Seth Moulton: Presidential hopeful offers burger-and-beer plan for space alien invasion

But one scientist wonders if hamburgers are good for aliens, whose biochemistry may be "somewhat different than ours!”
Seth Moulton
U.S. Rep. Seth Moulton, D-Mass., speaks during the Polk County Democrats Steak Fry in Des Moines, Iowa, on Sept. 30, 2017.Charlie Neibergall / AP file
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By David Freeman

There's no evidence that space aliens are preparing to invade Earth, but presidential hopeful Seth Moulton is ready with some yummy grub if they do. In response to a Buzzfeed reporter's cheeky question Monday, the Democratic congressman from Massachusetts said he'd "start with diplomacy" to keep the peace.

“What I would do with this alien, I’d give him a classic American meal," Moulton said after announcing his candidacy for president. "I’d serve a beer and a burger.”

Sounds tasty, though it's unclear that American cuisine would be enough to avert interplanetary mayhem if aliens did invade. And if you've ever seen "Independence Day" or "Mars Attacks!," you know that making nice to aliens doesn't always work out well for earthlings — at least in the world of Hollywood make-believe.

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Having served as a liaison to Iraqi leaders during his time in the Marines, Moulton has seen the power of diplomacy first hand. And Moulton's musings earned a bit of lighthearted support from one scientist who has long been involved in the search for extraterrestrial intelligence (SETI).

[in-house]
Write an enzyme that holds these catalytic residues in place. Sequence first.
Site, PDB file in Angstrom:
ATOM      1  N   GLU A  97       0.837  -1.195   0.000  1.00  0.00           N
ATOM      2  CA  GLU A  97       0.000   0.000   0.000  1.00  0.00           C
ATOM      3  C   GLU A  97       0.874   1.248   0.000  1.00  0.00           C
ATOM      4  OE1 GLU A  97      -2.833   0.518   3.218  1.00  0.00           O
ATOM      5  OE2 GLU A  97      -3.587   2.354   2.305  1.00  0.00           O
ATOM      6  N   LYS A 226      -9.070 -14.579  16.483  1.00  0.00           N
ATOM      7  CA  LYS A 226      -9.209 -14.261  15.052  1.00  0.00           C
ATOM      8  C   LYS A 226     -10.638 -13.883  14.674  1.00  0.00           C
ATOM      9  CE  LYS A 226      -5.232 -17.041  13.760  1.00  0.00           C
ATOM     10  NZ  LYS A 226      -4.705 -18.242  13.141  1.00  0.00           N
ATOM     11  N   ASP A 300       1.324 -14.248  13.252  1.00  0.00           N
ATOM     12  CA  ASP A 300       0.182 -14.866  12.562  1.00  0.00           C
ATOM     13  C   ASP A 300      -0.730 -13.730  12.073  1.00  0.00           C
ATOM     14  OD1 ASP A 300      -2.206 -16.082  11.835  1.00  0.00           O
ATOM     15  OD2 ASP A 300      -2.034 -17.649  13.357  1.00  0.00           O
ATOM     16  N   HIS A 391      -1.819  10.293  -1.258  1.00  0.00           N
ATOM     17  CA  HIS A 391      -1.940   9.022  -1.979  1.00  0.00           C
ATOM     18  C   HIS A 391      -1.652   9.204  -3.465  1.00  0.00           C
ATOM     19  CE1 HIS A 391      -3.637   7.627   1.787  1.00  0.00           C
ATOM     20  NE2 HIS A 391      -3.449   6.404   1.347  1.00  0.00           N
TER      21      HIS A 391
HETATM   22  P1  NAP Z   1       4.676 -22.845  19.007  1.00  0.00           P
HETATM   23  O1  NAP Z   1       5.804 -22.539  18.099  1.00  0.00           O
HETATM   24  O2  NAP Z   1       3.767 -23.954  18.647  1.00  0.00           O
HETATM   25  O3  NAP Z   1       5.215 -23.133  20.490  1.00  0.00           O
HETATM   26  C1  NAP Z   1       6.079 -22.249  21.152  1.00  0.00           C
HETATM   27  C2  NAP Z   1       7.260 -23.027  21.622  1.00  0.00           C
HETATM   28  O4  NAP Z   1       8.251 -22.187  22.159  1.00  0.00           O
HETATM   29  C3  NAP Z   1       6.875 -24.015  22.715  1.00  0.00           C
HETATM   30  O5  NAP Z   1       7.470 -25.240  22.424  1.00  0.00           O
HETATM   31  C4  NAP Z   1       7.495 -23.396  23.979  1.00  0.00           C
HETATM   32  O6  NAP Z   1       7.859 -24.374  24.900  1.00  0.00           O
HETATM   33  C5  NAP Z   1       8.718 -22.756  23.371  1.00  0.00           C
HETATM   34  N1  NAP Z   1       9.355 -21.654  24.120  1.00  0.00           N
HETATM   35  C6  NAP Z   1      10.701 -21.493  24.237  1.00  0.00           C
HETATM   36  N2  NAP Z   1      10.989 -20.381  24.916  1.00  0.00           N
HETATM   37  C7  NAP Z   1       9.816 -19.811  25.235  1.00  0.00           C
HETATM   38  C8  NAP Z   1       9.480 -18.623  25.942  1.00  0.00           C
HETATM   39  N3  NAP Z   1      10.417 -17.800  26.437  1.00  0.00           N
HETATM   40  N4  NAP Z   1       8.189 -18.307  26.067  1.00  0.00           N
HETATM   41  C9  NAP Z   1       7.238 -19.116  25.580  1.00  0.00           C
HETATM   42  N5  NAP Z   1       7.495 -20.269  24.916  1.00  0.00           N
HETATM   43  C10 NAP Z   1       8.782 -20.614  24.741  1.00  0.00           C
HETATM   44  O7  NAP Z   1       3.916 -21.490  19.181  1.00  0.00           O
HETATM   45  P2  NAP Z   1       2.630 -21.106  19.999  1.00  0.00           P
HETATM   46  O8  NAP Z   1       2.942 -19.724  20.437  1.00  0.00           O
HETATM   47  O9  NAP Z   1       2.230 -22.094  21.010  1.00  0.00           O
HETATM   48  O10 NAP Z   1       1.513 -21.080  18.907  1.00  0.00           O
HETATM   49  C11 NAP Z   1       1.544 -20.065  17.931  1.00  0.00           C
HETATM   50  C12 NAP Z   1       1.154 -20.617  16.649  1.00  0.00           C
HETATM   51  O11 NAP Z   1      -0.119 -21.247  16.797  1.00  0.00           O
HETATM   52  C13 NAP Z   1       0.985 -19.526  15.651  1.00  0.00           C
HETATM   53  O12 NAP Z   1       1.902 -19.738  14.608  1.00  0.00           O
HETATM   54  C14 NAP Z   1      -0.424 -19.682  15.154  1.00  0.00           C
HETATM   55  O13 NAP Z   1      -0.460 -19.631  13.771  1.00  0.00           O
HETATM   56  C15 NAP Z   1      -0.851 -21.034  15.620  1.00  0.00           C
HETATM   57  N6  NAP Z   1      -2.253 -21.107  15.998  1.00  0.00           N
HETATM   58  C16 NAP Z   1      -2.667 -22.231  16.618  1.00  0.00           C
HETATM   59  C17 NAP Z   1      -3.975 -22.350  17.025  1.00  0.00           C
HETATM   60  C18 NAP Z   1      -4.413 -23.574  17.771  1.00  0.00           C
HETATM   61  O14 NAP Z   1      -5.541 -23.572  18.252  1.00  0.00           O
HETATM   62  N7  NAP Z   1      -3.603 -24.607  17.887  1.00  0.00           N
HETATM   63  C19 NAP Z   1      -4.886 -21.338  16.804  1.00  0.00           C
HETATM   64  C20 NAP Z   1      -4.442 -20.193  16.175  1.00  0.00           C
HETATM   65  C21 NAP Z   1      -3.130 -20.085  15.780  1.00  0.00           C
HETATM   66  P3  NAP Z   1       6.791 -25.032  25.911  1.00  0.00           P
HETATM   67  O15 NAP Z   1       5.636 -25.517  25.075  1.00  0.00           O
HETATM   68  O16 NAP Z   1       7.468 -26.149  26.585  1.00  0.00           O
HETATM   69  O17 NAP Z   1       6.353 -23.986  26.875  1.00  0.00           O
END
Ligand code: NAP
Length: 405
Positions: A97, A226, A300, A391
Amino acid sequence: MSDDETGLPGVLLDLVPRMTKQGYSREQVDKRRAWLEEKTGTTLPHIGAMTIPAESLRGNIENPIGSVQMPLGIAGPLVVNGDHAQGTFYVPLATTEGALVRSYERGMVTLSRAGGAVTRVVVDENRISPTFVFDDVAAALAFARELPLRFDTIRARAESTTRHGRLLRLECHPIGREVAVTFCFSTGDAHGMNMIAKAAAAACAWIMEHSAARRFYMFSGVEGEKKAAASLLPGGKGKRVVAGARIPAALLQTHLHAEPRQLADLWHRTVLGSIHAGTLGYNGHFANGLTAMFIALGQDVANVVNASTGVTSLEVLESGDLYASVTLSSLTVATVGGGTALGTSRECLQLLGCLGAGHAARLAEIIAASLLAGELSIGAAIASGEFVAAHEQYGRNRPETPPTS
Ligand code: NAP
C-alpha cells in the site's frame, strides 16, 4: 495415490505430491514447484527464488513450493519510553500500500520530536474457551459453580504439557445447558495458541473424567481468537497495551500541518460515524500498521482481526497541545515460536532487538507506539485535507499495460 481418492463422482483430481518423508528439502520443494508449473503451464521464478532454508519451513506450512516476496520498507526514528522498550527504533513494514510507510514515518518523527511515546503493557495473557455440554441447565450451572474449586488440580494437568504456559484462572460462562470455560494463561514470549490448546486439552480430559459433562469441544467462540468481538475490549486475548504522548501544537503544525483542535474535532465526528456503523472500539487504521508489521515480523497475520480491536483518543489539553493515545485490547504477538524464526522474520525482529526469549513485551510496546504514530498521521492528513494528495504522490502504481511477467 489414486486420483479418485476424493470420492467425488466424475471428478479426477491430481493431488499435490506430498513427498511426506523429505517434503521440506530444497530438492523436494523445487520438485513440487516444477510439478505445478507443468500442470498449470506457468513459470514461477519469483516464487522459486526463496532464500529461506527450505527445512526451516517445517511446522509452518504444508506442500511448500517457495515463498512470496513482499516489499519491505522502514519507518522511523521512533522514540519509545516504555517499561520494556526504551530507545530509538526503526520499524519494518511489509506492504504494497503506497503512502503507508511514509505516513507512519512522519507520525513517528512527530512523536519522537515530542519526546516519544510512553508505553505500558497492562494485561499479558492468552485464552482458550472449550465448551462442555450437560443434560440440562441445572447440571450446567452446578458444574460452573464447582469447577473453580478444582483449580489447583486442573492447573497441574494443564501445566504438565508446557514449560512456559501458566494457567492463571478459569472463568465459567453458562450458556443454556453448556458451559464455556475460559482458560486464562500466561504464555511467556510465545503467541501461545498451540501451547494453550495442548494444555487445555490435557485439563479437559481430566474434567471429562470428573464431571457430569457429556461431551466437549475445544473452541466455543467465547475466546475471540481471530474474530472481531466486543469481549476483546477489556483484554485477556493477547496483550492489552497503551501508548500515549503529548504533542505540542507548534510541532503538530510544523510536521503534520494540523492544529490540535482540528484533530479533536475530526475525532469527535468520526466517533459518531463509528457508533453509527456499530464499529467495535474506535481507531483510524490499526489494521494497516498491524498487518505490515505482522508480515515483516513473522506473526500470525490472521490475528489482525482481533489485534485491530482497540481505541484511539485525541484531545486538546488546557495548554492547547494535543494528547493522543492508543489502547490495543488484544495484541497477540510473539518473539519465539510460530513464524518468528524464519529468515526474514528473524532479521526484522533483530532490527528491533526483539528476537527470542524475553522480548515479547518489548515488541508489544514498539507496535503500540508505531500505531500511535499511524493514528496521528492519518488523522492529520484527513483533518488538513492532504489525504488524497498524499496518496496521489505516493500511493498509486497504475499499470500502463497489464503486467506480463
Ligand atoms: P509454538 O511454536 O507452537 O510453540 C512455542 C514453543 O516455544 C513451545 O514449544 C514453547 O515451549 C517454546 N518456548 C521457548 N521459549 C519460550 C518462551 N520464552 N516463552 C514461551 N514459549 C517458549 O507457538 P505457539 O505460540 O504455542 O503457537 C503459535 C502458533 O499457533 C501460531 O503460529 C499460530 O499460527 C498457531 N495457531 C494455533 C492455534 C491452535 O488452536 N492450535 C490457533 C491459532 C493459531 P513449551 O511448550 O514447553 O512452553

“If spacecraft from another solar system were to set down on Earth, you can be sure the occupants are technologically far, far beyond us," Seth Shostak, senior astronomer at the SETI Institute in Mountain View, California, told NBC News MACH in an email. “Trying to fight them off would be like cavemen taking on the army’s Special Forces .... Diplomacy is the only strategy that might work.”

Then again, Shostak said, hamburgers might not be the best food to offer hungry aliens, “given that the aliens’ biochemistry is undoubtedly somewhat different than ours!”

Angelle Tanner, a professor of physics and astronomy at Mississippi State University in Starkville, echoed Shostak's comments, joking that the aliens “could be allergic to gluten.”

Aliens aside, Moulton’s platform includes support for the Green New Deal, a public option for health insurance and new infrastructure projects, including high-speed rail.

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